I’m writing in response to the article in the September issue called “Should Departments Weigh In on Politics?”, by Julie Bonette.  Everyone Ms. Bonette interviewed, and everyone who works for the faculty and administration, would do well to heed the advice of the great historian Howard Zinn. In commenting on the claims people, especially in academia, make that they are or seek to be apolitical in their work — i.e. they refuse to take a political position — Zinn wisely tells us that being apolitical is logically impossible because if you refuse to take a political position, that itself is a political position; more specifically, it is a position that strongly supports the status quo. Not only is it logically impossible, it is lazy and sometimes cowardly for a person to claim not to take a political position.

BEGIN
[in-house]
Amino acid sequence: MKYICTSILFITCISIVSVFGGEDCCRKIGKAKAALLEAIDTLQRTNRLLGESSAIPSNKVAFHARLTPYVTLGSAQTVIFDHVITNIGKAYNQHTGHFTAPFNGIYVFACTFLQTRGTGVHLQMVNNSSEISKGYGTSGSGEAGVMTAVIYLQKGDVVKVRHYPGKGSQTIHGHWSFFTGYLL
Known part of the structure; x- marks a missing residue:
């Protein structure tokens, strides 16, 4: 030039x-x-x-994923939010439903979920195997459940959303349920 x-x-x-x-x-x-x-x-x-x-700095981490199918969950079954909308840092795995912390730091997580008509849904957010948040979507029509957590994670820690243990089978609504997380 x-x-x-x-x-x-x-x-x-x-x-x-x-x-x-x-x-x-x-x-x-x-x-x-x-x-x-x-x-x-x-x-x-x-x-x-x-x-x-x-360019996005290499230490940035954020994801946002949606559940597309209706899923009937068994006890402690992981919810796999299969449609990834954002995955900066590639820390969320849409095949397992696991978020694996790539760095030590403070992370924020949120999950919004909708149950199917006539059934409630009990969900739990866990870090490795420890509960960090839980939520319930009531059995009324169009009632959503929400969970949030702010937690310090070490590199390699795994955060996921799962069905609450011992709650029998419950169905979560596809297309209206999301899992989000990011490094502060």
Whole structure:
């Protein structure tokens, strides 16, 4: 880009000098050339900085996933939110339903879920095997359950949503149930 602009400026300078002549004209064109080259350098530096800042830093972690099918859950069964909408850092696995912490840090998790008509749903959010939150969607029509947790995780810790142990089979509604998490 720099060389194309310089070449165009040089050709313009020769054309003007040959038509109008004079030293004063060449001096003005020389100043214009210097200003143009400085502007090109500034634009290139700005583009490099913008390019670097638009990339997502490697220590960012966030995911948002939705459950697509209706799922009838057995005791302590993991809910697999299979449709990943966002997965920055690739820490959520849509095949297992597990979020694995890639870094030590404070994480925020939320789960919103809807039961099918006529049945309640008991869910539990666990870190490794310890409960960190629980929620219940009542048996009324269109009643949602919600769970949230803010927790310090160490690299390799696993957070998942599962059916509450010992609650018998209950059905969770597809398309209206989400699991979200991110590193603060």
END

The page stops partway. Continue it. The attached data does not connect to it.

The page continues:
Personally, I would love to see and hear members of the faculty and administration take political stands. That would challenge students to formulate and support their own views, whether they disagree or agree with the professor or administrator in question. Not only would that enrich discussion, thinking, and learning at the University, it would also ultimately contribute to efforts outside the University to solve the problems of the country and the world. If no one takes a stand, no progress is made. 

At the same time, one must acknowledge that it would be wise to devise a system whereby the expression of political views can be done respectfully and responsibly by members of the University community so that these pronouncements do not degenerate into a chaos of declarations and so that courtesy is maintained and power imbalances between and among participants are not inappropriately exploited. All that considered, I would say to the faculty and administration about their political ideas, “Bring them on.” 

Peter J. Greenhill ’81
Honolulu, Hawaii